Fre’Etta Brooks (’17) at M.D. Anderson Cancer Center UTHealth Graduate School of Biomedical Sciences
When Fre’Etta Brooks moved to Houston from Seattle, her goal was to pursue an MBA. She was ready for a change.
Brooks already had a Bachelor of Arts in Psychology from the University of Washington but knew she did not want a Ph.D. in that field.
To establish residency in Texas, Brooks took a job as an executive assistant for a medical physicist at a Houston hospital; as the months flew by, she took on more responsibility at the practice, and those responsibilities grew into a genuine interest in medical physics.
“I thought, I don’t have to go back for an MBA, I can change my mind,” she said. “And that’s what I did.”
She enrolled at the University of Houston’s College of Natural Sciences and Mathematics to pursue a Bachelor of Science in physics.
Formative Four Years
During her time at UH, Brooks remained busy. She continued working as a medical physics assistant, founded UH’s Astronomy Society, was involved in physics research, the Society of Physics Students and volunteer work.
The advanced physics courses she took are currently helping with her Ph.D. courses. For example, her thermodynamics class with Moores Professor Margaret Cheung is proving to be important.
“Even now, we have had topics in thermodynamics come up, and I still remember what I learned in her class, especially because of her enthusiasm,” Brooks said. “She managed to make it fun and interesting.”
Cheung said Brooks is an inquisitive student who is attentive to details but keeps the big picture in mind when approaching an open-ended problem.
“I am extremely proud of her,” said Cheung. “This medical physics program is very competitive. It takes only a handful of students with well-rounded backgrounds nationwide. Her solid training in physics and wide exposure in social science have prepared her for this challenge.”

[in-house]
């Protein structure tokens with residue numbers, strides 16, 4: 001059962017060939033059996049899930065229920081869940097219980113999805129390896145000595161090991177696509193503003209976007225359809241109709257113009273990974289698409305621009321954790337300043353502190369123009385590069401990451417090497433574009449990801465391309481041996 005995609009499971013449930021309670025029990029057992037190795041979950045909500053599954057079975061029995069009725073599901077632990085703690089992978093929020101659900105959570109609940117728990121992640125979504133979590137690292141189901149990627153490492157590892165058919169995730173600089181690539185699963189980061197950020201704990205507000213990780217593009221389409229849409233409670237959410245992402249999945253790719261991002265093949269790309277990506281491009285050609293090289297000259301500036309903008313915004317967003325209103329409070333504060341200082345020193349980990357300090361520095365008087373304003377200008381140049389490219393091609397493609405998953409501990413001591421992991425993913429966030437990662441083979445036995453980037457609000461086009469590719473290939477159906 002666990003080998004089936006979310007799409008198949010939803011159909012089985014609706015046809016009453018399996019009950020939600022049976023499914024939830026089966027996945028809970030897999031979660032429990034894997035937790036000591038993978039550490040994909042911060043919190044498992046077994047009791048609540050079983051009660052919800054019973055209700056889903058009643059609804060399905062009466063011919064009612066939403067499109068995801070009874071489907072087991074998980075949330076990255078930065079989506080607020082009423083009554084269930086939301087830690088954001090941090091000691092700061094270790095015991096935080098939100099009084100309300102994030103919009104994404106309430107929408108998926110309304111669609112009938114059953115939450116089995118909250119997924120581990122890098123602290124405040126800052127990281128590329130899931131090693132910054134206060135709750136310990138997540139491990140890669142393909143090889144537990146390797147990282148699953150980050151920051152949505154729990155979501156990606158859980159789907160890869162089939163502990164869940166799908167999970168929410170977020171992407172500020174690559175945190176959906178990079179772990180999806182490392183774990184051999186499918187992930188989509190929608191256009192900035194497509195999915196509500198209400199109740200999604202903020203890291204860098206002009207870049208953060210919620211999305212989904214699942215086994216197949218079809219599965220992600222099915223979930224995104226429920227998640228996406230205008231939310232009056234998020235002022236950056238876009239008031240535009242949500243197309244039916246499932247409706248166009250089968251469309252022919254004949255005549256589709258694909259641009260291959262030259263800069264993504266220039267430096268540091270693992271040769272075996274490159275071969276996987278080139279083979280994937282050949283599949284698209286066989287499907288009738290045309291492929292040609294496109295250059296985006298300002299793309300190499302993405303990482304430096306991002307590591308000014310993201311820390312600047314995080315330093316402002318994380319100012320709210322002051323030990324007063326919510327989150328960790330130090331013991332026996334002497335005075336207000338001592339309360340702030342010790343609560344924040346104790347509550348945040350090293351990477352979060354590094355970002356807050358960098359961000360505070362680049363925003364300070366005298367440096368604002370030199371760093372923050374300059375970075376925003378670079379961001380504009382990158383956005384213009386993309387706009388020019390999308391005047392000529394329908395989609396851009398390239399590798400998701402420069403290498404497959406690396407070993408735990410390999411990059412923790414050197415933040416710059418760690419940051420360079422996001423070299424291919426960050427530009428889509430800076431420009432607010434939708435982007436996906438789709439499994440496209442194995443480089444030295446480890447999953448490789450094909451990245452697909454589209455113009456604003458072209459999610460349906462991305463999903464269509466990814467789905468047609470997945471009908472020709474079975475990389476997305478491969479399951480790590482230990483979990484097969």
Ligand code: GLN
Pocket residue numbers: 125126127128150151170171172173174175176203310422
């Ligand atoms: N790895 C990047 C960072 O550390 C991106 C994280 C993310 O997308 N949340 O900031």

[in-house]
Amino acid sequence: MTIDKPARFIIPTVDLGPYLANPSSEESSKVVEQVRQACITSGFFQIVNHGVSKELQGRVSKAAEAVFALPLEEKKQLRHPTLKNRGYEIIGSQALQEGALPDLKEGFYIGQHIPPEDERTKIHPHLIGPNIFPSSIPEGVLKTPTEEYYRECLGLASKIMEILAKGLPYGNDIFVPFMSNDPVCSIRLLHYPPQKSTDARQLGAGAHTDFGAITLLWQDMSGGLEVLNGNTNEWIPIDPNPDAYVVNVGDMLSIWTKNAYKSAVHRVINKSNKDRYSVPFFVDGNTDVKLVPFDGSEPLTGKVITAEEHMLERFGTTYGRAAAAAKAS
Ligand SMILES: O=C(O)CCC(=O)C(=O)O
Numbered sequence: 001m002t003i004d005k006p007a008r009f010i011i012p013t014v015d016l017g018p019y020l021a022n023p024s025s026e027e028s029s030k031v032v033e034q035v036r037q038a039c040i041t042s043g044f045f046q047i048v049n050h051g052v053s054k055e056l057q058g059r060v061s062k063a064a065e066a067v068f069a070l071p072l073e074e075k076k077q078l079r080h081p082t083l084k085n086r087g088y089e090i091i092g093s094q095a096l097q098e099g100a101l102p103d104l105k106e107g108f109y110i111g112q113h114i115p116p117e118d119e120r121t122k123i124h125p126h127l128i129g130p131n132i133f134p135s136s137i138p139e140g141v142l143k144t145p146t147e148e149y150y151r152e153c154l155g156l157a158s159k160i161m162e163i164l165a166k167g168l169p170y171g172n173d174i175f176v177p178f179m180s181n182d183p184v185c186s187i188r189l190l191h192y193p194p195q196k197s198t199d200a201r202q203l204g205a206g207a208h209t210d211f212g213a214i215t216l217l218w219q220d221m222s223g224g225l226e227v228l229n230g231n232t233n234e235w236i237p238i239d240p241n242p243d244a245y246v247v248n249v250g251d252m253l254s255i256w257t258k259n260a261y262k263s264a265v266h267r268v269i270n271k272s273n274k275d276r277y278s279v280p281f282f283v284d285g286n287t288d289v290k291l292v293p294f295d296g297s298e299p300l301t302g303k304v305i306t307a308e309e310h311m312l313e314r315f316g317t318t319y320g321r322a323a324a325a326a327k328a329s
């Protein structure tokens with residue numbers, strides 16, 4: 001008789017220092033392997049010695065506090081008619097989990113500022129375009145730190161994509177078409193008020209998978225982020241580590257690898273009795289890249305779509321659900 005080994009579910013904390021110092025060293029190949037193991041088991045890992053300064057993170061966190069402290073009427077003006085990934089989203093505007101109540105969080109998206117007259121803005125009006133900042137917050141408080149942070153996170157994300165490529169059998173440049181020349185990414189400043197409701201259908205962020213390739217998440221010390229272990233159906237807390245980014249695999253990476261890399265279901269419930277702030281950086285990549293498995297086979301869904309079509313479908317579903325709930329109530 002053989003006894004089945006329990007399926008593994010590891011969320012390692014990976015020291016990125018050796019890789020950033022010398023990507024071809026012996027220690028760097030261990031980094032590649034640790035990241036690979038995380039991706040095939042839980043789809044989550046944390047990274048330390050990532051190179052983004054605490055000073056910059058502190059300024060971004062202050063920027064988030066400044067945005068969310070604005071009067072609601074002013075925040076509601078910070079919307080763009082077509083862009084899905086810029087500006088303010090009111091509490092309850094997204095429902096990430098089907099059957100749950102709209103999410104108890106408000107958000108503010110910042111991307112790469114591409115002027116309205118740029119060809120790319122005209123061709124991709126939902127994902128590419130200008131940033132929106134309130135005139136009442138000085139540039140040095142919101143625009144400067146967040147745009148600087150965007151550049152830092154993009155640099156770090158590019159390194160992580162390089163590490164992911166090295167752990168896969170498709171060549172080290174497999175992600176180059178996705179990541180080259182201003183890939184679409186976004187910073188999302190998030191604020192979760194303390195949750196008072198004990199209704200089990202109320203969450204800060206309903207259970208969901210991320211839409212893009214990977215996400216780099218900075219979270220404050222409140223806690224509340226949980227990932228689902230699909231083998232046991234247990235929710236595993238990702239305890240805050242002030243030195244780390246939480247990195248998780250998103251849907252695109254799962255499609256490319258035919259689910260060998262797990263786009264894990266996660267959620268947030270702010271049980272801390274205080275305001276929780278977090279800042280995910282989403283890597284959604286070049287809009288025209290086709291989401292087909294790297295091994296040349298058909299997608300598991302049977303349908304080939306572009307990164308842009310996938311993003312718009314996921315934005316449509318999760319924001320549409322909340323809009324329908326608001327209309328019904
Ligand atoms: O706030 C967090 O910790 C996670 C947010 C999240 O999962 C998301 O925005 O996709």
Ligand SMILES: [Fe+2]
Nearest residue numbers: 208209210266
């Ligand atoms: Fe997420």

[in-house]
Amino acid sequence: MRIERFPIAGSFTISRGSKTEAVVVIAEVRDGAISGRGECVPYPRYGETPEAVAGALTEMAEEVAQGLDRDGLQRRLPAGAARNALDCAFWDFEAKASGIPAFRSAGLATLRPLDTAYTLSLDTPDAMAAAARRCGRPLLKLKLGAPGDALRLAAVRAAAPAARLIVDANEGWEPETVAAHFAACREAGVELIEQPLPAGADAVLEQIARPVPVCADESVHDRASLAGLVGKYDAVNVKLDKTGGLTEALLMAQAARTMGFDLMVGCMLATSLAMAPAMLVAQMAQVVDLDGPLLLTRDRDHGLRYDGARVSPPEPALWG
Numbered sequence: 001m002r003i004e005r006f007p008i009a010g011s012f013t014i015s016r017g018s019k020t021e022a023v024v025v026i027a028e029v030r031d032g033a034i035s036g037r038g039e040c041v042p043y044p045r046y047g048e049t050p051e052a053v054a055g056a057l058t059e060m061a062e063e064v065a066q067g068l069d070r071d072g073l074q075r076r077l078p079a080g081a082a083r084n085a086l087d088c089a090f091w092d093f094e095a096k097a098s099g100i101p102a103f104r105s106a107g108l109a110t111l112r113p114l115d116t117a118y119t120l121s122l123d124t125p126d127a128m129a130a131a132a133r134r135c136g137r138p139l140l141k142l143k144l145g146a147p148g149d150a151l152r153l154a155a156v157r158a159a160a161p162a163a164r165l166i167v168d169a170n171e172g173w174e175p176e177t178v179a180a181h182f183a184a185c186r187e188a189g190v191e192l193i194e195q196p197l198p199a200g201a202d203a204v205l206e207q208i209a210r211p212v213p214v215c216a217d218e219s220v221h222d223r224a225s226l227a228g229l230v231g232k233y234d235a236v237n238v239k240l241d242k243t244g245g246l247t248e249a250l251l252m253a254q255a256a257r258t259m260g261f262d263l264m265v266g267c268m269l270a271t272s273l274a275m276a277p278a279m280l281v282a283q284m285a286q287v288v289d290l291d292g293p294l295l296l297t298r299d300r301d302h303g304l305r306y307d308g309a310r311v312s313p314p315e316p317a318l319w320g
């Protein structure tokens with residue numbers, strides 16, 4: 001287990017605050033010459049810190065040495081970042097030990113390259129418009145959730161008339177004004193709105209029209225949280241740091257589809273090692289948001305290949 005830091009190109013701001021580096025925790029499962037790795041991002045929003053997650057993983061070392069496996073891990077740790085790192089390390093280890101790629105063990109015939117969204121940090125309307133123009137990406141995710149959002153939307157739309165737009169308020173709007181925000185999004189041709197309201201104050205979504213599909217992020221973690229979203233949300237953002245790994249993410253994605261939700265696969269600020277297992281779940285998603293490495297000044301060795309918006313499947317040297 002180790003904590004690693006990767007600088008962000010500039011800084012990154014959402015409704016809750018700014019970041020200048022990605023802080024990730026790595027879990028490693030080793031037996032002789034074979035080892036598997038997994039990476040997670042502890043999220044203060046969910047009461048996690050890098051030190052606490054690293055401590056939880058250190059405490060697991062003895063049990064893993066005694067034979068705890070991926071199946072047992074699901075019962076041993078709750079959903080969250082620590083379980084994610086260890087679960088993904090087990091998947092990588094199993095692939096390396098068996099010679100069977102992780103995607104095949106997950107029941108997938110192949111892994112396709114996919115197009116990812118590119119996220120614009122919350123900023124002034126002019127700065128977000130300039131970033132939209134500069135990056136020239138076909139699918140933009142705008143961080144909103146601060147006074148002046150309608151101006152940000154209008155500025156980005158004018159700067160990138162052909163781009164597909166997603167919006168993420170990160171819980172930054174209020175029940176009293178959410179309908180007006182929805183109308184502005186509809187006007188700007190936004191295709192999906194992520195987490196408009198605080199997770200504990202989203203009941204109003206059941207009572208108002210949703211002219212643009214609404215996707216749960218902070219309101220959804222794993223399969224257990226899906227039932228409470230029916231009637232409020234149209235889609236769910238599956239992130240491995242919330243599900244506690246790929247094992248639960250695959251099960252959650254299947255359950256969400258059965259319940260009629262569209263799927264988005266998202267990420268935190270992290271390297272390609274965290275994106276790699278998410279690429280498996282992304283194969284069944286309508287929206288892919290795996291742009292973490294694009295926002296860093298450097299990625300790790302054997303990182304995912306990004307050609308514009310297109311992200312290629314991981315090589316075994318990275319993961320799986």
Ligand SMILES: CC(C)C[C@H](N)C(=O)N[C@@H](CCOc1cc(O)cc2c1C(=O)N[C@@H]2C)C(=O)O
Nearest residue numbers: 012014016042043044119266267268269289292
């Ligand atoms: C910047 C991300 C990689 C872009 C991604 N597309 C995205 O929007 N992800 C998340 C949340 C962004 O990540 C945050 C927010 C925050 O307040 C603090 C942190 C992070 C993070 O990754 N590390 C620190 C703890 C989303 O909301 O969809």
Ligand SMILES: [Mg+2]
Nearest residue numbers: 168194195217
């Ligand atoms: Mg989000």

Brooks also worked closely with Donna Stokes, physics professor and now-associate dean for student success and undergraduate affairs.
“She is one of the most driven and motivated students I have taught,” said Stokes. “Her determination and passion for physics is what helped her achieve her goals and go on to pursue a graduate degree in medical physics.”
As founding president of the Astronomy Society at UH, Brooks organized a viewing of the solar eclipse in 2017 that brought in about 15,000 people from the Houston area over the course of the day.
“It took a lot of work,” she said. “But everyone was so excited being a part of it.”
She also was involved in a UH undergraduate research team as the astrobiology coordinator for the High Altitude Student Platform program – a partnership between NASA and Louisiana State University. Through this program, she developed the collection apparatus that the team used to gather materials from the atmosphere to find out how they are resistant to increased levels of radiation.
Gaining Work Experience
After graduation, Brooks applied for the Medical Physics Ph.D. Program at the University of Texas M.D. Anderson Cancer Center UTHealth Graduate School of Biomedical Sciences.